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The Queen and senior royals get punchy on climate

Analysis by Max Foster and Lauren Said-Moorhouse, CNN

Updated: Fri, 15 Oct 2021 16:13:17 GMT

Source: CNN

When royals speak out on a potentially divisive topic, it makes headlines -- but when the three most senior royals do it all in the same week and on the same issue then the world really gets the message.

It started with an interview Prince Charles did with the BBC. He was asked about the world leaders gathering in Glasgow for the COP26 climate conference. "They just talk," he said. "The problem is to get action on the ground, which I have been trying to do for the last 40 years."

When Charles started working on the environment in the 1960s, it wasn't a mainstream issue. It is now, and it's become highly politicized in some parts of the world, including America. That hasn't stopped the prince, though. Instead, he has ramped up his rhetoric, believing he has that right, indeed a duty, before he takes the throne, when he will be expected to be completely impartial.

That's why it was all the more powerful to hear the current monarch express the same view as her son during a visit to Cardiff on Thursday. While attending the opening of the Welsh parliament, the Queen was overheard discussing the climate conference, saying, "It's very irritating when they talk but they don't do."

We can assume she didn't know the conversation was being picked up by a mic on a nearby camera that was livestreaming the event, but her comments are now a matter of public record and very much part of the build-up to COP26, which she will be hosting as head of state. The Queen, as well as other senior royals, will attend a number of engagements at the United Nations climate talks.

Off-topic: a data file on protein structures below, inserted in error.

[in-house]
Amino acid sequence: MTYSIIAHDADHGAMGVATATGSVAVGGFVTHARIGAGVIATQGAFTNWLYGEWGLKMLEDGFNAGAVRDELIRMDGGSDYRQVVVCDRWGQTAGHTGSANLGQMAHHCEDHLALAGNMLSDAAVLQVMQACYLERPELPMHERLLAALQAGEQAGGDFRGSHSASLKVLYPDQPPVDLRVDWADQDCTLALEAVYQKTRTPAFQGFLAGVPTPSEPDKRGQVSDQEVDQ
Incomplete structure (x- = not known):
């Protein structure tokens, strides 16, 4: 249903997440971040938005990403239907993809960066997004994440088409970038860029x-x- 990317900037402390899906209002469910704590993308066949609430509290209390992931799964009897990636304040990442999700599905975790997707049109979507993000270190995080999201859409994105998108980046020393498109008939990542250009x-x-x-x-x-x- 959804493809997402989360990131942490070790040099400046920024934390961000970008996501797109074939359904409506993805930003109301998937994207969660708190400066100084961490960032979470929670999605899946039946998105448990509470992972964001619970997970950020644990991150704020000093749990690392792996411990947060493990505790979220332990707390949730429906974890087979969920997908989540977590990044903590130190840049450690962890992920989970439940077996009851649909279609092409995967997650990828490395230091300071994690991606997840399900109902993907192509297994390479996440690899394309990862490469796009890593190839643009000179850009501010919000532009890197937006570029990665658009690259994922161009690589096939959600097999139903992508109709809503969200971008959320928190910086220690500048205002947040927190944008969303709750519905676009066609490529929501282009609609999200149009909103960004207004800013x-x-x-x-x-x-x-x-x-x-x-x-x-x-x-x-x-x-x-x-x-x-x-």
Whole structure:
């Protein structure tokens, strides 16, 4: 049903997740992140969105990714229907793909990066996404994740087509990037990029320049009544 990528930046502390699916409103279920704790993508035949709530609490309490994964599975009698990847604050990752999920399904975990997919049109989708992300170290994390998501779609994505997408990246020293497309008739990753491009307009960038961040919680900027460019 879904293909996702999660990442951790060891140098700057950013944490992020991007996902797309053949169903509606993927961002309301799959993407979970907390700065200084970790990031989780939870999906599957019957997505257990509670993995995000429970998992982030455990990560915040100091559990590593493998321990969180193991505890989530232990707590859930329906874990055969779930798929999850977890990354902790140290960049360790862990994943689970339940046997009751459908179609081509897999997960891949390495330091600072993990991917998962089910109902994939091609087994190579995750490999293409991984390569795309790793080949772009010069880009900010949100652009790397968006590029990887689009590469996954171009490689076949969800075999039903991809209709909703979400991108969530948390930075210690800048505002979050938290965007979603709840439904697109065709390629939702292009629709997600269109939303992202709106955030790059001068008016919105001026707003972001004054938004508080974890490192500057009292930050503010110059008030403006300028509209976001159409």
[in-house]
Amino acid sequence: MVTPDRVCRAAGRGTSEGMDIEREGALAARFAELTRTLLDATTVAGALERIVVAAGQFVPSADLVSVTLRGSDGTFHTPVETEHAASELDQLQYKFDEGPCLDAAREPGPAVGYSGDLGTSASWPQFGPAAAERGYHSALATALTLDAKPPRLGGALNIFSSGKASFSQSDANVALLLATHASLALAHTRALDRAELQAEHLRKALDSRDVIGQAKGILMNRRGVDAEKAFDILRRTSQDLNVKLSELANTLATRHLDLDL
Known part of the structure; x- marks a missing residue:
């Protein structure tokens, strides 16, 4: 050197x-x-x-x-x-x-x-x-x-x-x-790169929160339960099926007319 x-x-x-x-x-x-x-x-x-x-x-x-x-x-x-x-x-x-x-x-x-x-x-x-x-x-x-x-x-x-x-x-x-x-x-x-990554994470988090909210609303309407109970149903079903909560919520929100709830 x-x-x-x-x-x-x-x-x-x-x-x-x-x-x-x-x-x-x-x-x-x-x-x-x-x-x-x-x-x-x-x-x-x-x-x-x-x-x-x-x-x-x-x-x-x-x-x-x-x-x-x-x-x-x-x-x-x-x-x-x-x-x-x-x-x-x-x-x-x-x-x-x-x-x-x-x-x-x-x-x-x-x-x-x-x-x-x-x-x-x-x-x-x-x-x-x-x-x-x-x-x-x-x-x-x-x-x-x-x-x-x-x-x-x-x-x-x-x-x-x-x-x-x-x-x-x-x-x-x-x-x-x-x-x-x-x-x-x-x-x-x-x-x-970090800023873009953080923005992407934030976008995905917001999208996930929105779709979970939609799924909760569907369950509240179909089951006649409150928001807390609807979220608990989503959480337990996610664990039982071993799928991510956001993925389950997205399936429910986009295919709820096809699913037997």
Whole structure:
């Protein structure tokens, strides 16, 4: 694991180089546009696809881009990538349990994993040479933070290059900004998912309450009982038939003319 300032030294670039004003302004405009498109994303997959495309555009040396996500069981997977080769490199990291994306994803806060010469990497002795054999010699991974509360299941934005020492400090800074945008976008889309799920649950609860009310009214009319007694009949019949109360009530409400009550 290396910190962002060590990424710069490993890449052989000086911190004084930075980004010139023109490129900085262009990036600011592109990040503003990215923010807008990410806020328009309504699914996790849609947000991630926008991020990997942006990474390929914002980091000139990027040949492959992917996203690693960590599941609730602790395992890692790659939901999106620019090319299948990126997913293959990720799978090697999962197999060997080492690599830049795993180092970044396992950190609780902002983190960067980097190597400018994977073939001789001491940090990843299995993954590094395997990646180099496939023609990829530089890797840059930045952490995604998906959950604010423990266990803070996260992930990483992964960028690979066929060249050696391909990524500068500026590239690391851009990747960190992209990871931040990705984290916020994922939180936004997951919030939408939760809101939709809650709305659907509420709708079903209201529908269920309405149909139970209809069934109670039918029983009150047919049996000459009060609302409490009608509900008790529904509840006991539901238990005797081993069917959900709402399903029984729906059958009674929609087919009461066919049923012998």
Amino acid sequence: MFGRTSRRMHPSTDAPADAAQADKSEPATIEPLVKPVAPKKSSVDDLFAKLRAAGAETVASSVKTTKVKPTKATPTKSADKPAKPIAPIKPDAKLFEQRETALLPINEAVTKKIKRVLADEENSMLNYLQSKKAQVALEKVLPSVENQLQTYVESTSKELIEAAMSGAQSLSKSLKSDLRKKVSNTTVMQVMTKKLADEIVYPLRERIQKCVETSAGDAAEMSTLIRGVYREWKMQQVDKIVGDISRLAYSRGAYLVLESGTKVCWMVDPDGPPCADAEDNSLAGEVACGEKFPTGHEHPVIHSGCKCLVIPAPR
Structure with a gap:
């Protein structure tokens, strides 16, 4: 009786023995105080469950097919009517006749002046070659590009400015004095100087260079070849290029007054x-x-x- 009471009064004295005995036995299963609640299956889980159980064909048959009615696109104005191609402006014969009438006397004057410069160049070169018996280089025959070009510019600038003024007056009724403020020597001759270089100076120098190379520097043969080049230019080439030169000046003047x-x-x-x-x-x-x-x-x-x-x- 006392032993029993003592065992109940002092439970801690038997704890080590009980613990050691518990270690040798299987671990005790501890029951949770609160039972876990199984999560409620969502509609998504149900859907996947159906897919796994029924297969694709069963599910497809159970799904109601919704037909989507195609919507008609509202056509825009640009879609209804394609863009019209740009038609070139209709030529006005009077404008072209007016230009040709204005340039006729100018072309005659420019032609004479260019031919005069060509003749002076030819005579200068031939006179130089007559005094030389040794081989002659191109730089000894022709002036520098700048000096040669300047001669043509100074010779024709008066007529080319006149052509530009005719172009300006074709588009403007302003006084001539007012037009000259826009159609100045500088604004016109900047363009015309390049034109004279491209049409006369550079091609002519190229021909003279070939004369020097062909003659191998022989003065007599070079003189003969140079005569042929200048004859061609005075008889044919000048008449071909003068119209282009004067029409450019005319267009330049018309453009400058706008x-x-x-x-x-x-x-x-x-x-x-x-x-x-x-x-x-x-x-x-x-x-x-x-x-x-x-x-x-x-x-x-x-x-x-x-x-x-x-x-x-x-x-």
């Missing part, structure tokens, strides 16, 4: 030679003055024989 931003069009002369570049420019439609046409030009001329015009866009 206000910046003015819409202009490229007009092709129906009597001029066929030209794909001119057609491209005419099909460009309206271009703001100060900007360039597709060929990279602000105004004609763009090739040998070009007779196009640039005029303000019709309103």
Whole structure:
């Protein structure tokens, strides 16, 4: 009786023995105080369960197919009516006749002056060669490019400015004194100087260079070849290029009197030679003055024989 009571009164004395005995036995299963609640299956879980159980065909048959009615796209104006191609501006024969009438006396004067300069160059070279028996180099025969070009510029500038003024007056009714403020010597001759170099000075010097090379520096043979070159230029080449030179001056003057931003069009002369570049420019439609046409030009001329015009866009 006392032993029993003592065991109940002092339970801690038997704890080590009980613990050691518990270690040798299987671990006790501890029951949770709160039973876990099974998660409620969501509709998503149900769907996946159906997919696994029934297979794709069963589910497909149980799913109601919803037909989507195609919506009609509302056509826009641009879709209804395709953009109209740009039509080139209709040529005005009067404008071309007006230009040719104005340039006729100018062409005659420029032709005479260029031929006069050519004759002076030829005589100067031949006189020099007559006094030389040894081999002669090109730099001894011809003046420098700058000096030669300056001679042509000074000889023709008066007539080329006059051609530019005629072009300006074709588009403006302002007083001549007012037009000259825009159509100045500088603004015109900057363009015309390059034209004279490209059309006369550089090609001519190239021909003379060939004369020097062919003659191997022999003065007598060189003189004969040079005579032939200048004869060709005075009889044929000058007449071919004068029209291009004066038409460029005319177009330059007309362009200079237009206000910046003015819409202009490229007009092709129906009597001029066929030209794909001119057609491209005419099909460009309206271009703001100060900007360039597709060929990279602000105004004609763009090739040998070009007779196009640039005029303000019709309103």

Meanwhile, in the midst of all this, Prince William recently slammed billionaires for putting their resources into space tourism instead of investing more money and energy in saving the planet. "We need some of the world's greatest brains and minds fixed on trying to repair this planet, not trying to find the next place to go and live," the Duke of Cambridge told the BBC's Newscast podcast. His remarks came as 90-year-old "Star Trek" star William Shatner joined a Blue Origin suborbital flight to the edge of outer space (Shatner later responded to the prince's comments, describing William as "a lovely, gentle, educated man" before adding that the duke was "missing the point.")

William continued, "We wanted to break it down and try and work out how could we add something that was going to create action, create positivity, create energy towards actually solving some of these problems."

His solution is "Earthshot," which aims to become the "most prestigious global environment prize in history, designed to incentivize change and help repair our planet over the next ten years."

The first awards will be handed out on Sunday at a glittering ceremony at London's Alexandra Palace to people and projects that provide the "most inspiring and innovative solutions to the greatest environmental challenges facing the planet."

It's a 10-year project for William and the one he is most committed to away from supporting the monarchy itself. The two duties are inextricably linked and it's telling that he is following in his father's footsteps by leaning in to addressing climate and environment challenges.

This isn't to say that the royals haven't faced their share of criticism that they could be doing more. Earlier this month, for example, a petition signed by more than 100,000 people was delivered to Buckingham Palace, calling on the family to rewild their huge royal estates.

But as William pointed out to the BBC, in creating his Earthshot initiative, he's "trying to use my little bit of influence, my little bit of profile, to highlight some incredible people doing amazing things and will genuinely help fix some of these problems."

Heirs to the throne have traditionally stayed out of the limelight until their time comes to wear the crown. Charles and now William have reimagined the role and given it a renewed purpose, reflective of today's society and its ideological and cultural shifts.

What William has also done is learn from his father's missteps. As a result, opinion polls often show him to be more popular than Charles, having largely endeared himself to the public as a conscientious young royal, working to make a difference to the world. All of this puts William in a powerful position for when the time comes for him to ascend the throne.

HAVE YOUR SAY

We're keen to find out what you think about the most talked about royal moments of the week, so we're introducing a new Q&A section! Send us your views by emailing royalnews@cnn.com and we'll look at featuring a few in an upcoming edition.

To kick things off: Is William right to criticize the billionaire space race?

DID YOU KNOW?

The Sussexes are joining forces with a sustainable investment firm.